This I Believe

Linda - Erie, Pennsylvania
Entered on July 10, 2007

When our two kids were toddlers they used to fight over an orange sippy cup. For some reason, juice always tasted sweeter, milk was always more comforting, when it was dispensed from that special container. We had the exact same cup in purple, but that one never held the cachet that the orange one did.

So the screaming would start. “You had it the last time! It’s my turn!” “No it’s not! Give it back!” At moments like that, looking down on their beet-red faces and angry, flashing eyes, I always felt time slow down, and an unsettling distance open up between us, parent and child. Here they were, my healthy, beautiful children, focusing all their precious energy–on a piece of plastic. Mustering the dedicated efficiency of a laser beam, they would take down any obstacle in the way of their goal. Outside, there could be sunrises, sweet bird calls, and white billowing clouds floating across a pure blue sky–but the world’s breathtaking wonders would go by unnoticed, as the fight to win the orange cup heated up. Being a working Mom I was often away from my children for hours or even days at a stretch, but I never felt more painfully separated from them than at times like this, when we stood together in the same room.

The distance between a parent’s perspective and a child’s is a chasm that, as children mature, hopefully melts away. Already, my two darlings, 16 and 14 years old, rarely fight anymore, and routinely share everything from food and money to time and love. My proudest moments have come when I see one of them ‘take a hit’ for the other, giving up something so that their sibling can enjoy it instead.

But memories of the chasm still haunt me. It is a sometimes unbreachable divide that separates our children from us–and us from God. I’ve never met God face to face, but I know he’s a parent, and in my more pessimistic moments I suspect He looks down on us, His toddlers, the way we look down on our own children. Does He feel separated from us by our callow attempts to buy designer clothes, a prestigious car, or a house in an upscale neighborhood? Aren’t these all orange sippy cups to the Almighty? When we fight over who gets to use the world’s oil resources, does God sigh and say, “There they go again! What’s a parent to do?”

If God ever gives in to despair, it wouldn’t surprise me. After thousands of years of recorded history the human family has barely inched toward enlightenment, taking 2 steps back for every 3 forward. It’s enough to try the patience of any parent–even a Heavenly Father whose mercy is supposed to be infinite. Yet we keep ‘going at it,’ competing with each other for some sippy cup, or maybe for special attention from Papa (“He loves me more than he loves you!” “He gave me the keys to his kingdom, not you!”)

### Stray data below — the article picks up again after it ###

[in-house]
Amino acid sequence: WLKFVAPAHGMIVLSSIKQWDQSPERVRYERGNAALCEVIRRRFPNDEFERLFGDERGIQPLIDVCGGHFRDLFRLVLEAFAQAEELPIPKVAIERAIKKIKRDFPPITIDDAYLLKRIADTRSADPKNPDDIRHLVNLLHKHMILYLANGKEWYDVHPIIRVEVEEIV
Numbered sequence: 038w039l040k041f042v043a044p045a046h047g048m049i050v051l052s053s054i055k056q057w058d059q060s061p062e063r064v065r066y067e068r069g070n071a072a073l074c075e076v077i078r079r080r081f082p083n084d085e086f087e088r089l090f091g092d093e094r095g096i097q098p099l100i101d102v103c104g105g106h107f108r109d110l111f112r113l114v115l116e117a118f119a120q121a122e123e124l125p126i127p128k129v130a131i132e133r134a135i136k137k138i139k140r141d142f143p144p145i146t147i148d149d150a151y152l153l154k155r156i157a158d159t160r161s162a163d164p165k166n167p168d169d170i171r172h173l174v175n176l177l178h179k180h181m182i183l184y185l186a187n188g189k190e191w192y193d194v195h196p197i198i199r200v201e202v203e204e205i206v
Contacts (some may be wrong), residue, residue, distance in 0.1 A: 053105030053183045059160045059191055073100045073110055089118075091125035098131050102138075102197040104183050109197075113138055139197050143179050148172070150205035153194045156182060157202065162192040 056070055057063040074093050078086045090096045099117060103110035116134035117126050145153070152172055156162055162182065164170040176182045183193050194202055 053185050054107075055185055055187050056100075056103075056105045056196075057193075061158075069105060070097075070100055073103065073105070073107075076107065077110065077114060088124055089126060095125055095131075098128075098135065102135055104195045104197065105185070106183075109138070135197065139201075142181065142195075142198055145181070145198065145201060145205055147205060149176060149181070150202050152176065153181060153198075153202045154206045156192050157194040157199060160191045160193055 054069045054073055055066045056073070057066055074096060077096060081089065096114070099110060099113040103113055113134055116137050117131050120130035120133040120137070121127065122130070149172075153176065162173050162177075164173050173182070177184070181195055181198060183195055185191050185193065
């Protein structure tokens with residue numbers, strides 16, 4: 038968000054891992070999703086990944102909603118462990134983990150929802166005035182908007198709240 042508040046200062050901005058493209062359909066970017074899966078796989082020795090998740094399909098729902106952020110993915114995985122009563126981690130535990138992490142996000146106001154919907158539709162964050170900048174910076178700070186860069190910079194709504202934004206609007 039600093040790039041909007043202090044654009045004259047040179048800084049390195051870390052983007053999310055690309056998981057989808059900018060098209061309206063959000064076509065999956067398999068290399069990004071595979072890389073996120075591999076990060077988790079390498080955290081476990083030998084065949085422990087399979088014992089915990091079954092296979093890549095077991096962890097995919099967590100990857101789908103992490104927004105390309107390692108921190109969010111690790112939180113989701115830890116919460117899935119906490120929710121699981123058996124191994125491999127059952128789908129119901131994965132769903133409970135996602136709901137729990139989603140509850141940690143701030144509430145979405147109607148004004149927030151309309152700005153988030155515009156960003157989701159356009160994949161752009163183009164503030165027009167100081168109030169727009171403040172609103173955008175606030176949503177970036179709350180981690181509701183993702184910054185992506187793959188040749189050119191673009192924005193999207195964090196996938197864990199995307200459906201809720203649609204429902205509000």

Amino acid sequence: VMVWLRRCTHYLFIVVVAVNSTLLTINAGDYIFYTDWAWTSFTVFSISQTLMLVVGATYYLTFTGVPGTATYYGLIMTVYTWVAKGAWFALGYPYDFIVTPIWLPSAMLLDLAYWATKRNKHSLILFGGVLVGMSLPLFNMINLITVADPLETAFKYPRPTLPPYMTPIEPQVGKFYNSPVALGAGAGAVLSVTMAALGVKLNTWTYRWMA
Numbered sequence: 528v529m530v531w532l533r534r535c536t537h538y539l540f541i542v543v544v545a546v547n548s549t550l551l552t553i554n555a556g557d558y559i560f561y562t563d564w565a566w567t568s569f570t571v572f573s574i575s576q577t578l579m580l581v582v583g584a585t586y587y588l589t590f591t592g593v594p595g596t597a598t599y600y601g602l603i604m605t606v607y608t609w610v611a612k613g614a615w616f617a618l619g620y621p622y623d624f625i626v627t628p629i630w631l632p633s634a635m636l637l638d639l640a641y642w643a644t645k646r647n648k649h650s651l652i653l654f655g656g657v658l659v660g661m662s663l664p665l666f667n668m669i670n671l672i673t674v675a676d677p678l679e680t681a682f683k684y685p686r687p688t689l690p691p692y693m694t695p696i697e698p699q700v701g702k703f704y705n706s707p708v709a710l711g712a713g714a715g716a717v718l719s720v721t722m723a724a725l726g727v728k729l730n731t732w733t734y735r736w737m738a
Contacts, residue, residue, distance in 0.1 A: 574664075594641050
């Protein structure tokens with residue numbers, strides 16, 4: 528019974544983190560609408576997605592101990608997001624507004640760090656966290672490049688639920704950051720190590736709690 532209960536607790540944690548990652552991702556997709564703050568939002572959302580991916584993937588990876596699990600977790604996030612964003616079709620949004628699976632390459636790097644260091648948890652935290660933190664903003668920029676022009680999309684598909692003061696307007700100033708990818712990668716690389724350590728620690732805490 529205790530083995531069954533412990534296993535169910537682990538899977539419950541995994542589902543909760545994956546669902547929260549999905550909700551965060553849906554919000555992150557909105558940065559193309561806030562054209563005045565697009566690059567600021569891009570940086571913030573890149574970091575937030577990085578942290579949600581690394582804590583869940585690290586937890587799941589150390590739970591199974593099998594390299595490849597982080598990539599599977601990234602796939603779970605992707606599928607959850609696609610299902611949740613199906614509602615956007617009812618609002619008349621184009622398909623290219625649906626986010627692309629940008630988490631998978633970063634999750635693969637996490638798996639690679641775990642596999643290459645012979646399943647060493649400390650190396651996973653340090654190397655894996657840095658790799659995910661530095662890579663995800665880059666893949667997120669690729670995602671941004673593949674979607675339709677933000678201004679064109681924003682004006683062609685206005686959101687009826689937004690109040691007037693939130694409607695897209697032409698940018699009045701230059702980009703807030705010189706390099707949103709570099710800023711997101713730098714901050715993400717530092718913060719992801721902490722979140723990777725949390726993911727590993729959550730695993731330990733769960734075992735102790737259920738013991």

Good King Solomon might have recommended I cut that sippy cup in two from top to bottom, and give one useless half to each child. Perhaps children need to learn (the sooner the better) the futility of some arguments. Alternatively I could have bought a second orange sippy cup so that each child could have their own. But that would only have saved the peace long enough for another dispute to arise in its place–perhaps over who gets to sit in the second chair at the dinner table.

I’m glad I never kept that sippy cup. If I had, it would only be moldering away in a little-visited corner of our basement. As it is, I chucked it into the recycling bin. It’s now probably become one corner of a lawn chair, or maybe a small piece of sewage pipe. Quite a karmic tumble for something that was once so prized.

Not that we humans won’t go the same route. We may be infinitely more complex than a sippy cup but we will still end up in the scrap yard of the universe: “From dust thou art, to dust thou shalt return.” Given plastic’s resistance to degrading, that faded little sippy cup may even outlast us humans. It if does, it will be the poster-child for the Great Chasm. If it doesn’t, maybe we can recycle it– and use it to build a stairway to heaven.